The rsmC mutation resulted in increased sdhEygfX transcription that was entirely FlhDC-dependent (Fig. 7b). Importantly, mutation of flhC in the rsmC background caused the elevated sdhEygfX expression in the single rsmC mutant to return to levels observed in both the WT and flhC mutant (Fig. 7b). These observations are supported by previous work in P. carotovorum, where an rsmC mutation had no effect in an flhDC mutant (Chatterjee et al., 2009). In conclusion, the regulation of the sdhEyfgX operon by RsmC occurs in an FlhDC-dependent manner, whereas RsmA has both FlhDC-dependent and -independent effects on sdhEyfgX transcription.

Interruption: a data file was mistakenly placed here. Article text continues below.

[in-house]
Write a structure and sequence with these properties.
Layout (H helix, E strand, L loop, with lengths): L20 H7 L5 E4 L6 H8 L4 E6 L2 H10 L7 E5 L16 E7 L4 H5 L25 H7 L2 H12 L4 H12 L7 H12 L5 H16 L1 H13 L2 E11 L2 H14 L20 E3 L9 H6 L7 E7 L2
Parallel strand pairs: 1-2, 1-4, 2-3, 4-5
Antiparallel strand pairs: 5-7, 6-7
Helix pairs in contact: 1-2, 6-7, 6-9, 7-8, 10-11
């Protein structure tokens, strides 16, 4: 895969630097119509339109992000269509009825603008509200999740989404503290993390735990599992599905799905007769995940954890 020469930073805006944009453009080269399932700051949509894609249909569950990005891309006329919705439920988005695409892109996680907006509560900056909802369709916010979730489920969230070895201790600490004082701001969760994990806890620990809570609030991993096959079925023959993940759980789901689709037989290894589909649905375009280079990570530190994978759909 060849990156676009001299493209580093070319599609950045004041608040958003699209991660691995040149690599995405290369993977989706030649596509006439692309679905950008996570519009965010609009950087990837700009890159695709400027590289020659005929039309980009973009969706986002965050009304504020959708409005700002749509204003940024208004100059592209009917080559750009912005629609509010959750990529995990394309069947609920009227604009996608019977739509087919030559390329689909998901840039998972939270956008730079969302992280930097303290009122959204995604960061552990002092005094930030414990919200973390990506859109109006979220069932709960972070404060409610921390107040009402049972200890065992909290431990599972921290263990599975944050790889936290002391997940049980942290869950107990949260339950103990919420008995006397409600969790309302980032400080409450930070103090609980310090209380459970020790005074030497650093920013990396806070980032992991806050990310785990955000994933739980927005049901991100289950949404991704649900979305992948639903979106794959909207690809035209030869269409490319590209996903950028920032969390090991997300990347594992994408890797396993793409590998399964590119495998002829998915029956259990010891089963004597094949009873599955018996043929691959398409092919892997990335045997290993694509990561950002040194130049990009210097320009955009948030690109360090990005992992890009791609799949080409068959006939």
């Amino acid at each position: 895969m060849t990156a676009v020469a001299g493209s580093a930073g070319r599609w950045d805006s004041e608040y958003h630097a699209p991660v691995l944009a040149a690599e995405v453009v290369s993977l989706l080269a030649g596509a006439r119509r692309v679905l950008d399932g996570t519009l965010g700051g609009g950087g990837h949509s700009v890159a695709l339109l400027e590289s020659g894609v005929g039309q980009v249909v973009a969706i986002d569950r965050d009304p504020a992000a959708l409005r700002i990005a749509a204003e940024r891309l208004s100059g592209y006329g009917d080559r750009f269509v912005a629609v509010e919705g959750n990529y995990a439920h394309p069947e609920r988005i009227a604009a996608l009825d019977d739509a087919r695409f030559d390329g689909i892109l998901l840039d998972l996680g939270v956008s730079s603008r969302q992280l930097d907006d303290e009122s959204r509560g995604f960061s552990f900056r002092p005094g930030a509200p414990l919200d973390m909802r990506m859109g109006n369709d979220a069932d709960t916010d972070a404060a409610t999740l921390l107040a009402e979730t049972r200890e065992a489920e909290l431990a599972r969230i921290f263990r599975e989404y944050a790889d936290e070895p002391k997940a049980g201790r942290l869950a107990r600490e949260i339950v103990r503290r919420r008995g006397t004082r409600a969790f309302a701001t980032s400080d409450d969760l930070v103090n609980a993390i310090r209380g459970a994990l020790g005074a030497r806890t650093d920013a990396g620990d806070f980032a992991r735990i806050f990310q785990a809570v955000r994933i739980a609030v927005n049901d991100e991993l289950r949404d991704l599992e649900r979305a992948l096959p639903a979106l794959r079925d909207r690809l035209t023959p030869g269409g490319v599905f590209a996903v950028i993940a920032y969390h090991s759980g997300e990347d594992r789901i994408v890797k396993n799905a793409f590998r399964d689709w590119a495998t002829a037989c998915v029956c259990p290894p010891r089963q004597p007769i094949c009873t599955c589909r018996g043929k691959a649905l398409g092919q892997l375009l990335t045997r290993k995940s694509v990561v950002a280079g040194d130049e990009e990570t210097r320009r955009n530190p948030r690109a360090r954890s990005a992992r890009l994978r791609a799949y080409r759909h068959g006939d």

In this study, we have investigated the regulation of the sdhEygfX operon in Serratia 39006. We identified an overlapping pathway involving the post-transcriptional regulators RsmA and RsmC which repressed sdhEygfX expression by acting through the flagella master regulatory complex, FlhDC. FlhDC activated sdhEygfX transcription and the inhibitory effect of RsmC was dependent on flhDC. In contrast, RsmA repressed sdhEygfX in both an FlhDC-dependent and -independent manner (Fig. 8). Currently, it is not known how SdhE and YgfX influence pigment production. SdhE was initially identified as a gene neighbouring YgfX, a regulator of prodigiosin production, and the deletion of either, or both, of these genes results in a decrease in transcription of the prodigiosin biosynthesis operon (McNeil et al., 2012). The physiological role of prodigiosin has been an issue of debate (Williamson et al., 2006), but previous work uncovered an antibiotic effect that is elicited in a surfactant-dependent manner (Williamson et al., 2008). This led to a model whereby swarming and surfactant production may enable the local dispersal of the prodigiosin antibiotic to help Serratia in niche colonization and competition with other bacteria (Williamson et al., 2008). Our data show that RsmA, RsmC and FlhDC co-ordinately regulate motility, surfactant and antibiotic pigment production, which is consistent with the synergism between biosurfactant and prodigiosin (Williamson et al., 2008).